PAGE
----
Motherhood – Still Practicing

old photos 056

Presently, I am sitting on the patio, enjoying the early morning quiet, just me and the dogs.  The early morning California sun is weaving its way through the leaves of the trees, the birds are singing their morning tunes, the air is clear and the dogs have scampered off into the jungle thinking they may have spotted that elusive squirrel.

I found a card propped up against the coffee pot, a Mother’s Day card from my boys and my husband.  It says “Motherhood – The Toughest Job in the World”.  As I look at this card, I still find it hard to believe I am a mother.  Granted my boys are 17 and 18 years old – one would think I might be accustomed to this title by now.  Maybe, it’s because I don’t feel grown up enough to be a mother, or perhaps I think I need more practice being a mother before I can take on that title.

Of course, all of this makes me think of my Mother, who in actuality I think about several times, every single day. She told me once, the best thing you can give your child is experiences they can carry with them throughout their lives.  I would have to say she was the master at providing experiences.  I remember as a very small child, going to the tide pools near where we lived in Australia to collect worms in plastic bags of water for some type of research she was doing at the time. tidepools wikipedia I recall a garage full of mice cages, when she was raising mice – for something.  I remember going to the Forest Preserves outside of Chicago to collect lake water with tadpoles, so we could watch them grow in our aquarium (along with the mosquito larvae). Or the time we decided on a whim to go the Grand Caymans, and inadvertently became scorched while sitting under the huts on the beach (we walked around like little beet red Gumbies for the rest of the trip).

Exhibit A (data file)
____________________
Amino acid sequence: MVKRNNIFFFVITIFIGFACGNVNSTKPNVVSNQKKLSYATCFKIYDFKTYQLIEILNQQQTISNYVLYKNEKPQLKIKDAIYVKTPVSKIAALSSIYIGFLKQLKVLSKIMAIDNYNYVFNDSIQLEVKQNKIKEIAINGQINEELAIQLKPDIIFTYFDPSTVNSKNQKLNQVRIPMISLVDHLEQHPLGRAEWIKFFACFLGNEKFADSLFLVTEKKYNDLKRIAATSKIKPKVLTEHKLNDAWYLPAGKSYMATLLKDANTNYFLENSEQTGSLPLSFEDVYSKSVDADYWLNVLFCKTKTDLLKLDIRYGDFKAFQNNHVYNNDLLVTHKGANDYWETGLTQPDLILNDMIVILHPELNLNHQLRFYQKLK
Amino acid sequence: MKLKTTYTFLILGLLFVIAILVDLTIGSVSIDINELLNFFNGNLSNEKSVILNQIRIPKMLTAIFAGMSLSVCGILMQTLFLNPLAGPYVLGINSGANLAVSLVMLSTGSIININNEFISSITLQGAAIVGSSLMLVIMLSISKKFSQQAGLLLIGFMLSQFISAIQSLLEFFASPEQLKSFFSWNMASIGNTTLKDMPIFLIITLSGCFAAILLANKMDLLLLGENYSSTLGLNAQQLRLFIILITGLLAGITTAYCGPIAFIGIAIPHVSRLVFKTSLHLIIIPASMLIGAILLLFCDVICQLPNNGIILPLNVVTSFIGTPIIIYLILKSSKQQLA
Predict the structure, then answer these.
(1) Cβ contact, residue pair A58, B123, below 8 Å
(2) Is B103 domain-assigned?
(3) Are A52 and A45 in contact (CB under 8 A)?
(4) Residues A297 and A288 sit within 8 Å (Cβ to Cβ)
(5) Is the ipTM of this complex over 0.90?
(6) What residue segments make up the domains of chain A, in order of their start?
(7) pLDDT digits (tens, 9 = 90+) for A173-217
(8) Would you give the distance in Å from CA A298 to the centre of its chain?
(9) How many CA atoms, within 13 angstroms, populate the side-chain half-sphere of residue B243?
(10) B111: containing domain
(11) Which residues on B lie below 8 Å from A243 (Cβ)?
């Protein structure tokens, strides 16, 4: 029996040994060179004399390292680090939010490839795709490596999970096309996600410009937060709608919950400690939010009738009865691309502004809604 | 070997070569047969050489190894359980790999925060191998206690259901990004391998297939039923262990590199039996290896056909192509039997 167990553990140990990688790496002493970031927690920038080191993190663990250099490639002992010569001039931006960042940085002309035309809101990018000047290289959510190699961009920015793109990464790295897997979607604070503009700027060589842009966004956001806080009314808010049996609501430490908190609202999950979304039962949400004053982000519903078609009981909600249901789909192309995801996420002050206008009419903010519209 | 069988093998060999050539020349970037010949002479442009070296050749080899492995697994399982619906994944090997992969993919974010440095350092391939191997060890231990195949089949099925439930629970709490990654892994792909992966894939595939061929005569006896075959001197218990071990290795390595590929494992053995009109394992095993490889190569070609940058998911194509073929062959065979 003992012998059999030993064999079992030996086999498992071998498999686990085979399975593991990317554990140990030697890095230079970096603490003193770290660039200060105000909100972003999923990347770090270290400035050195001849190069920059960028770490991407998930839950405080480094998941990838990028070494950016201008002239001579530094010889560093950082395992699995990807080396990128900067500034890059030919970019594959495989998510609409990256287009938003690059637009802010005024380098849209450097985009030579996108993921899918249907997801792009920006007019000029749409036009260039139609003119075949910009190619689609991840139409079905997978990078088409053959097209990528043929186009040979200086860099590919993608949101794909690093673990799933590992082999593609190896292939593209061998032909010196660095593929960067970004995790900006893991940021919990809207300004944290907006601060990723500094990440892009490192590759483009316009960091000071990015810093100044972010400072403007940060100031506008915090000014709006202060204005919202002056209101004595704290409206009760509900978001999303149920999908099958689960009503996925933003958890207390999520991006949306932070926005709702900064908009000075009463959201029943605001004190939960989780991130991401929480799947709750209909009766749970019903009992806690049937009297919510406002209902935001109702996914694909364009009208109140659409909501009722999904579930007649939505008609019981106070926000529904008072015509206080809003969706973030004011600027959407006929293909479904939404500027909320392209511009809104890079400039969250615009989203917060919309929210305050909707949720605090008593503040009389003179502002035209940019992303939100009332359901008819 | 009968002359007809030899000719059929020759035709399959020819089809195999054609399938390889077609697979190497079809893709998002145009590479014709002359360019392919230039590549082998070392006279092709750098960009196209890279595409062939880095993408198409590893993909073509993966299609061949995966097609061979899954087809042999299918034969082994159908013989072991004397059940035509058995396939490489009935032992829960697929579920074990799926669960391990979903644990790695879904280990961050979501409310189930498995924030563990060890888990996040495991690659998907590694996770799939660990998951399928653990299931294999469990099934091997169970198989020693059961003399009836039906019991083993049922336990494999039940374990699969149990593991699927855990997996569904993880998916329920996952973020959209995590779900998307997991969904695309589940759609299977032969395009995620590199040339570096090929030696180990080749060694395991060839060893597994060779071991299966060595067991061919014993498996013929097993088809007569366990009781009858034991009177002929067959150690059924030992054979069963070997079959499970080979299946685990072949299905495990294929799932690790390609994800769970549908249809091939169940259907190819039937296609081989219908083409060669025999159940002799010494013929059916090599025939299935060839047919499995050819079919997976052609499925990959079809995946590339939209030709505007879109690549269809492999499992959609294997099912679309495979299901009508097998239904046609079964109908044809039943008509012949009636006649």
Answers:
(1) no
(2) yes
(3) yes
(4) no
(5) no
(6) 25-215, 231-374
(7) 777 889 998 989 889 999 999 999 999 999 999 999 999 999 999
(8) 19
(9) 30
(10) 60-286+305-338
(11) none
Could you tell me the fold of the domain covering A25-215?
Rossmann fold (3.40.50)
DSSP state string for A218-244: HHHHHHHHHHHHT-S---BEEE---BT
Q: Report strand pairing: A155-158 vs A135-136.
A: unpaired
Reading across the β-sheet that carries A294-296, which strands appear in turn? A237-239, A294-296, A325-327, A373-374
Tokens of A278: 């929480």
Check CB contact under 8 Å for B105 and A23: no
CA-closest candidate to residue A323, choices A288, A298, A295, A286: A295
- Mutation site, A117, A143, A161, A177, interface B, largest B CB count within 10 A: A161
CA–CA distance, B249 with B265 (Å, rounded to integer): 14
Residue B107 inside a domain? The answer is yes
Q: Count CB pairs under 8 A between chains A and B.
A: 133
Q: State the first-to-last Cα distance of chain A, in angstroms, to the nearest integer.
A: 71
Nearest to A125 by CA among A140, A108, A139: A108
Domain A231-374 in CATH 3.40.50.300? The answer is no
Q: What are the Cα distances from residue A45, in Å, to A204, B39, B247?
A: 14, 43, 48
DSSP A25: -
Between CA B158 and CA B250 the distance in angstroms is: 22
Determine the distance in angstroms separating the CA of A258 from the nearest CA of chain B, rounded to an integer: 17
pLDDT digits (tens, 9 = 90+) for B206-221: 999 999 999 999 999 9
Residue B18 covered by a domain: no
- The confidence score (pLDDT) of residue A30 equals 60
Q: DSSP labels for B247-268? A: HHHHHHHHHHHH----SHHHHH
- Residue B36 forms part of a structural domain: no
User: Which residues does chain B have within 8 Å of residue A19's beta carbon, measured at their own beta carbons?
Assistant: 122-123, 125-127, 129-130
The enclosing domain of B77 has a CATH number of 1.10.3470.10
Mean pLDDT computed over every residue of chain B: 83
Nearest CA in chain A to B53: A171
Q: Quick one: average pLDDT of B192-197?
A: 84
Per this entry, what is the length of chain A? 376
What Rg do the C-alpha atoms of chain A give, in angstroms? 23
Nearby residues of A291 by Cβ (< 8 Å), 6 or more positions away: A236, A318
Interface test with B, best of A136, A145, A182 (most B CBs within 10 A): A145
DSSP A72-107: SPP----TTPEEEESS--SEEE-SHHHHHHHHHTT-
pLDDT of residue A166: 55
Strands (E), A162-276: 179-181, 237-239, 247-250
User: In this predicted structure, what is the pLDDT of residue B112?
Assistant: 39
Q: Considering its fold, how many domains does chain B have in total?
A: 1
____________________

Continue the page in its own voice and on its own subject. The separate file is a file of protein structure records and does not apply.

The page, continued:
gumby wikipedia I loved the Shakespeare plays, the museums and especially the visits to the Brookfield Zoo.  And of course, the traveling; I remember the three week cruise from Sydney to the United States, the trips to England, the drunk guy staggering down the street on an early morning in Oslo, the fireworks in Copenhagen, the Tivoli Gardens. I remember all of that.

My Mother also said one must always encourage any interest a child might show in something. I really wanted to be a Marine Biologist (still do).  She sent me to the Caribbean one winter as part a school course on Marine Biology.  I also went off on an Aquatic Biology course up in the Boundary Waters of Minnesota and spent six weeks canoeing, camping and enjoying the most beautiful scenery (and fighting off the mutant black flies and mosquitoes). boundary waters wikipediaI remember the time we spent an entire Spring Break dashing around the countryside stopping at road kill because I needed a specimen for Taxidermy as part of a project for my Natural History class.  Our guideline for that mission was to find a DOR (dead on the road), and not a DORM (dead on the road and mutilated).  We only found DORMs and in the end I was sent back to school with a white lab rat, whom I named Rufus and kept, having great fun terrorizing the uptight English major that lived next door to me.  I never did use Rufus – couldn’t do it.  Luckily, my Natural History teacher gave me a squirrel to stuff, he had an extra one in his freezer.  Scientists are a strange bunch.